Last week I sat down with the team at Tanda to chat about all things startups. Here’s how it went…
You’ve toted the hashtag #fundedbycustomers which is about the value of paying customers for early stage startups, why do you think this is important?
A lot of early stage startups get wire wrapped about raising money. Do you know what the term wire wrapped means?
For our readers, go ahead –
Wire wrapped is getting wire wrapped around the axle so to speak, a term when you’re driving in the bush and you get wire wrapped under your car. People tend to keep driving and make it worse. For some reason startups feel they absolutely need to raise money. But something thats dead sure is after they raise money they’ve then got to go and sell something to a customer. The reliance on selling to customers never goes away. If you sell something to a customer first it proves a couple things. The customer wants it, it proves they’re willing to pay for it and it demonstrates too to an investor you might meet in the future customers will pay up which is a huge thing when you’re selling. And you get to own more of company. When you’re investing equity in your company investors don’t give you money, they buy part of your company from you so there’s no gift involved here. Raising money from investors is really hard. They want to give you money less often because they want to see the durability of your company. As a tactic they like to slow things down. They dont want to make a rash decision and if you’re coming across as desperate that’s a reason for them to stay away. There’s a bunch of reasons why it’s easier to fund from customers.
Tanda is a big fan of treating your customers as your best investors, what are some theories and practices you’ve picked up on that support this mentality?
The big thing in the startup space is to give your product away and then when you gain traction work out the business model. If you can fund everything else in the meantime that’s even better. Being able to charge for a demo, charging a customer for a trial is very important. A lot of large corporate customers won’t take you seriously unless you’re charging money. You’ve got to engage enough to get them to spend money. Getting it for free means they have nothing to worry about, whereas if they’re paying they don’t want to lose anything on it and they will engage you more for that fear. Being able to convince your early stage customers as a part of a trial is maybe counteractive but paying nonetheless is very important. At some point you have to convince a customer to put their hand in their pocket.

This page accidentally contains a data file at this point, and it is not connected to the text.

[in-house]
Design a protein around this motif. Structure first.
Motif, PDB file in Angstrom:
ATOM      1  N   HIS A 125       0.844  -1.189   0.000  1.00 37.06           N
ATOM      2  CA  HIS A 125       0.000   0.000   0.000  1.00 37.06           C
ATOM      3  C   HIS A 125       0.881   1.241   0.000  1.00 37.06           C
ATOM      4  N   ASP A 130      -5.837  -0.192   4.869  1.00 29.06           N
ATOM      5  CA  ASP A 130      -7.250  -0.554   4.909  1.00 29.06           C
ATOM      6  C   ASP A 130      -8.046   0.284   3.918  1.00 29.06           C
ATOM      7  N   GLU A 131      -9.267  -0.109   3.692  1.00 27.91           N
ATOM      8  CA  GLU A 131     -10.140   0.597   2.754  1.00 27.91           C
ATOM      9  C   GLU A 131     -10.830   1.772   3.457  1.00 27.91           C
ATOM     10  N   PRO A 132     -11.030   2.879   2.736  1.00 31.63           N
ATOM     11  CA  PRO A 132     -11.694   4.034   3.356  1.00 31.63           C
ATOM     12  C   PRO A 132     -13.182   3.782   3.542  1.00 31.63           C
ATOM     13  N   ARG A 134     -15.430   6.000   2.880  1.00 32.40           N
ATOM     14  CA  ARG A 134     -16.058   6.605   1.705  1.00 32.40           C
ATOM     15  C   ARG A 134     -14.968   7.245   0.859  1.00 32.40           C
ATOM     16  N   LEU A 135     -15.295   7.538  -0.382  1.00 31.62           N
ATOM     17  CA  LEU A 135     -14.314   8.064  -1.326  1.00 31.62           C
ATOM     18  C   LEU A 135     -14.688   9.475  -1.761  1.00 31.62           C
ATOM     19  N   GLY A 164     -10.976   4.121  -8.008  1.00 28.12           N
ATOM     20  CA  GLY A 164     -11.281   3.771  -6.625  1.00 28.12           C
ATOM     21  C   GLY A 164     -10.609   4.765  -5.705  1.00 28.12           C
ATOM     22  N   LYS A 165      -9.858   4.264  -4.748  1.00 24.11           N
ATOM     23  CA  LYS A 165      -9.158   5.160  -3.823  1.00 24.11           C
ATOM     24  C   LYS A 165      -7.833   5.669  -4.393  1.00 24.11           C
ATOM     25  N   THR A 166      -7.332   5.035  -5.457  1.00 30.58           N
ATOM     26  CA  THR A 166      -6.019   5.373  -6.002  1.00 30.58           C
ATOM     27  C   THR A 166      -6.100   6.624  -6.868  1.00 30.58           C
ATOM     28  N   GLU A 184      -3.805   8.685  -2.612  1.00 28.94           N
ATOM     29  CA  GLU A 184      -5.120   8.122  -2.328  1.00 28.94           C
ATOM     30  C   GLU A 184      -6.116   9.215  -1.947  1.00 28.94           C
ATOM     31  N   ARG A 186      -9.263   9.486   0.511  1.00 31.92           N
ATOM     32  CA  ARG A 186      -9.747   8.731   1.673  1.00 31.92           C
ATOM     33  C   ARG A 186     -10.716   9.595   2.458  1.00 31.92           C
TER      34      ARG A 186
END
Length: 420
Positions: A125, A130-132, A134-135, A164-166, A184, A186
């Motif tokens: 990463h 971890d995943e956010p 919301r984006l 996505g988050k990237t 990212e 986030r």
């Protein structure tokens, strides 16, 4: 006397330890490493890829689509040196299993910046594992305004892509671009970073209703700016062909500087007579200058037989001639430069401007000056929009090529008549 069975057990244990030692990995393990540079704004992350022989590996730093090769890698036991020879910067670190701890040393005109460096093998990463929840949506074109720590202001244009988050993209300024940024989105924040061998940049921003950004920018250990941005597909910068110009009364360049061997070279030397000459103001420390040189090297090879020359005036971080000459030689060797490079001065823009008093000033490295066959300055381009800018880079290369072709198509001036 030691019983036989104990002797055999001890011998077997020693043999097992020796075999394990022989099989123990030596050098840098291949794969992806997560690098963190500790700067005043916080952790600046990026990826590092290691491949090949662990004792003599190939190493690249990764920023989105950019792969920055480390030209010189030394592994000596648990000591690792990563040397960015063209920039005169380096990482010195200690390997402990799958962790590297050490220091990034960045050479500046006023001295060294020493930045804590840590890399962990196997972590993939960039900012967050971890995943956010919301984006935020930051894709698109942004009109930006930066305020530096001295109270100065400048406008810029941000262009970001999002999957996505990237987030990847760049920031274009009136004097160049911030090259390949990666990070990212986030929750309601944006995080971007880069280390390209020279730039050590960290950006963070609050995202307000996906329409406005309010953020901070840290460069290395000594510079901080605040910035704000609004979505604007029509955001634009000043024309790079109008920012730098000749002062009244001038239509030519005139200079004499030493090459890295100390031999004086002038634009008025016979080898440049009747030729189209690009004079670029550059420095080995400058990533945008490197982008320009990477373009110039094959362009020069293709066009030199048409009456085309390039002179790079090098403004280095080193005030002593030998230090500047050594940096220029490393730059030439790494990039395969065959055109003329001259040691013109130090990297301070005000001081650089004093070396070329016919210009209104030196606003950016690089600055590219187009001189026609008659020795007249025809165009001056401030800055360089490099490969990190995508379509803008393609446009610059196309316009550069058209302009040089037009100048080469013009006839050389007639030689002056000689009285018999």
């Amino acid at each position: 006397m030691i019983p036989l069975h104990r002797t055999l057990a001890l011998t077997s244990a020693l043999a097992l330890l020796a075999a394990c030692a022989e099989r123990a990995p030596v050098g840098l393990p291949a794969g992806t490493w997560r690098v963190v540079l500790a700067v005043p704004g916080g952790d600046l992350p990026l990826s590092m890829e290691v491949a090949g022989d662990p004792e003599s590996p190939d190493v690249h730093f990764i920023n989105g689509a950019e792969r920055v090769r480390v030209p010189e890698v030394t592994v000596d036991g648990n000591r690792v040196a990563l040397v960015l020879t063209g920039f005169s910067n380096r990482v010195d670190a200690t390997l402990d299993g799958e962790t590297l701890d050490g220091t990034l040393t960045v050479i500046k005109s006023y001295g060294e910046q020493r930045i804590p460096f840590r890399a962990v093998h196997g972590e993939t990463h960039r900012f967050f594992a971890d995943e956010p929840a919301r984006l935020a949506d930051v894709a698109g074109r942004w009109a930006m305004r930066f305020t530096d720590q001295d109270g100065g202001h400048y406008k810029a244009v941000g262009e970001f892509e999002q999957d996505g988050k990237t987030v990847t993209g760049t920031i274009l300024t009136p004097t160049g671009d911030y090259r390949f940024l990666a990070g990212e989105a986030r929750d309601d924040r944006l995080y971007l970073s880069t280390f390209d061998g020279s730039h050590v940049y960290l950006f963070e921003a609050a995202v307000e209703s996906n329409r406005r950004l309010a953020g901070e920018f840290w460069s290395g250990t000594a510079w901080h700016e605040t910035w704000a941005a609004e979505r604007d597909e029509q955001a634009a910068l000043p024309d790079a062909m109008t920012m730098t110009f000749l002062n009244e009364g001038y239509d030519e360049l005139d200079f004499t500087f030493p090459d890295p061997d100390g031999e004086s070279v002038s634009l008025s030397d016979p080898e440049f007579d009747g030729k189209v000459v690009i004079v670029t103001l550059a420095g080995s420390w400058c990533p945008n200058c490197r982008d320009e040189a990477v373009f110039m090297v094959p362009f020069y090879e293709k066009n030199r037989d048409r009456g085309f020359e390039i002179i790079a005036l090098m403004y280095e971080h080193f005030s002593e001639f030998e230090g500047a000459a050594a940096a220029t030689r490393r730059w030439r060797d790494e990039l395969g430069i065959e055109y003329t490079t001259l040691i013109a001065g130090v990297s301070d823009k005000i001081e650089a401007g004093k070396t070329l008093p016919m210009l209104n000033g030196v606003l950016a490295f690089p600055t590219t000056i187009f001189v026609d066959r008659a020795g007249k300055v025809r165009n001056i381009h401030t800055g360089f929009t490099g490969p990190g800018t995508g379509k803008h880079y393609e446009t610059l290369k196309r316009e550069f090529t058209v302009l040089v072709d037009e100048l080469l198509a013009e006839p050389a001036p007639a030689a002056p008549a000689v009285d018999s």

On the flipside you have strategically funded some start ups. What are the do’s and don’t’s for those searching for venture capital opportunities in Australia?
Do, have your product built. Investors are hesitant to fund ideas. Have the first version built and ready. If you can’t technically do it you’re fundamentally broken at your core. Don’t expect it’s going to be easy, well it’s never easy. Don’t expect once you’ve got your investment you’re going to be able to pay yourself a standard wage. In the two success stories of mine, SE net and Pipe networks we took no wages for a very long time and then minimum wage for probably even longer. Sales people always made more money than us. There’s usually a lot of people in the company that make more than the owners. If you try to make money at the front end you’ll never be successful. Start ups always make more money at the backend in the beginning. You manage to get the scale you need to do something else.
You mentioned when SharkTank started you didn’t get many tech startup pitches at all. Do you know why that is?